The abstract:

Two studies that examined the role of revenge in rumor transmission and involved working adults as participants are reported. Study 1 used hypothetical 06GOM10_Covers.inddscenarios to manipulate organizational treatment of an employee and the believability of a rumor. Participants had higher intention to transmit a harmful rumor when the organization broke job-related promises (i.e., breached the psychological contract) and revenge motivation mediated this relationship. Believability of the rumor had no effect. Study 2 used a field survey methodology and, controlling for social desirability, replicated the results for self- and peer-reported rumor transmission behavior. Study 2 also showed that participants’ belief in negative reciprocity norm strengthened the relationship between breach and revenge motivation.

Click here to read “Rumor as Revenge in the Workplace” for free from Group and Organization Management. Want to be notified about research like this from Group and Organization Management? Click here to sign up for e-alerts!

Implications for Theory and Practice of Philanthropy in Family Businesses

July 18, 2014 by

[We're pleased to welcome Dr. Alfredo De Massis who collaborated with Giovanna Campopiano and Francesco Chirico on their paper "Firm Philanthropy in Small and Medium-Sized Family Firms: The Effects of Family Involvement in Ownership and Management" from Family Business Review.]

FBR_C1_revised authors color.inddFirm philanthropy is a relevant topic, at times considered at odds with corporations and their profitability goals. Notwithstanding, firms nowadays are involved with charity, donating their extra money, letting their employees spend part of their time in social initiatives and establishing foundations. Both from the literature and from our personal experience it emerges that for a great number of these firms families play an important role, so that this research idea has been triggered. Particularly small and medium-sized family firms have been the focus of our analysis, as extant research has focused mostly on large companies, and smaller family firms are usually more committed to their local communities and proximate stakeholders.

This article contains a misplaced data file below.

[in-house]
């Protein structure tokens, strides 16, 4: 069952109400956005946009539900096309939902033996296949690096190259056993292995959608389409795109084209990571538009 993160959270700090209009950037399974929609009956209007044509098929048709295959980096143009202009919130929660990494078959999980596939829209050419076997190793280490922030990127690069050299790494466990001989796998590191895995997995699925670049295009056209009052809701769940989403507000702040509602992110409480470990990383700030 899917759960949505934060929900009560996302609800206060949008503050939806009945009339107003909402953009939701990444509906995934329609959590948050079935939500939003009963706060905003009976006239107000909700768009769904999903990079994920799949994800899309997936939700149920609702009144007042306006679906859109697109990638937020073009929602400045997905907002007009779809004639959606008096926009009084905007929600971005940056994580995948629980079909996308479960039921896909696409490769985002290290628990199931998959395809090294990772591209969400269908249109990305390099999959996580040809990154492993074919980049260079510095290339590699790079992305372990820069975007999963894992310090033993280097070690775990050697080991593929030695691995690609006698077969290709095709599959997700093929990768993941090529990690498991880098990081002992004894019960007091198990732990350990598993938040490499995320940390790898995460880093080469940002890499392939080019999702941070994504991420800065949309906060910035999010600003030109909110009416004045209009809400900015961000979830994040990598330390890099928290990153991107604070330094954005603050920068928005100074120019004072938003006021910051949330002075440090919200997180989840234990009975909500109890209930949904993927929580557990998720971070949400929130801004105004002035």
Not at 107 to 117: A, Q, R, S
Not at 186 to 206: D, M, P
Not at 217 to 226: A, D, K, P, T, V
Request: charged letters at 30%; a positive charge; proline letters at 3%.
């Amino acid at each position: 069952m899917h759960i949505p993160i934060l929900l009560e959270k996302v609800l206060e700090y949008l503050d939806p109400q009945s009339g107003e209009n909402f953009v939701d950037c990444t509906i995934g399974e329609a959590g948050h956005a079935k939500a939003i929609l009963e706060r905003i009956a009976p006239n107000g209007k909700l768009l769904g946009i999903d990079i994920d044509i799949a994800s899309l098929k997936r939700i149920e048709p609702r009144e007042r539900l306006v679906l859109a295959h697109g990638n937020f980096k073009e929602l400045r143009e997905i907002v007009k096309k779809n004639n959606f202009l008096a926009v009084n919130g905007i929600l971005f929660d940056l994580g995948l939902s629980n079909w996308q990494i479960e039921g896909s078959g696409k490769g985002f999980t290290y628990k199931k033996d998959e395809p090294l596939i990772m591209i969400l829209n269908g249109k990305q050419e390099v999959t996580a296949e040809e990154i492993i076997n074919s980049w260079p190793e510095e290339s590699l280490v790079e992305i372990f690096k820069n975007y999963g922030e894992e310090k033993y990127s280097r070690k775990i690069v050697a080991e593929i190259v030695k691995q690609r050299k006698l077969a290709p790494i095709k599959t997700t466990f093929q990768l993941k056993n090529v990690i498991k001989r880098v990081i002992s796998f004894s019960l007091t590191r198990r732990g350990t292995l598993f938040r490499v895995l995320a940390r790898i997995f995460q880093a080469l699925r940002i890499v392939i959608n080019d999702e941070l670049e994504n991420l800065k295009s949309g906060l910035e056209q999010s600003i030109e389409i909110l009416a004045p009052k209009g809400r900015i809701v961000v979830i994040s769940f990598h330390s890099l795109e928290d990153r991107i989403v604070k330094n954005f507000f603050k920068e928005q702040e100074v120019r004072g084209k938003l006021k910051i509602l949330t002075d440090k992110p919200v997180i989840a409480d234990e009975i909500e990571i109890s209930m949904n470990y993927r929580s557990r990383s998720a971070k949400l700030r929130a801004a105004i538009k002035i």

This research has shown that family involvement in the business is crucial and it engenders distinctive dynamics within the shareholders and the management group that affect engagement in firm philanthropy. The intersection and overlap of family and business systems engender counterintuitive issues related to the behavior of these firms with respect to firm philanthropy.

This study can be considered a pioneering contribution at the crossroads of the family business and philanthropy literatures, and our hope is that it will stimulate further research on this topic. The impact of family firms’ engagement in philanthropy on performance or on firm’s reputation, as well as the relationship between the institutional context and the firm’s behavior are just a few examples of research directions deserving attention in the near future. Finally, a number of practical implications derive from the results of this study: family firms’ owners and managers may develop strategies to engage in philanthropy, if they believe that their firms should be involved in initiatives that reflect the personal motivations and values of these business families.

Click here to read “Firm Philanthropy in Small and Medium-Sized Family Firms: The Effects of Family Involvement in Ownership and Management” from Family Business Review. Want to know about all the latest research from Family Business Review? Click here to sign up for e-alerts!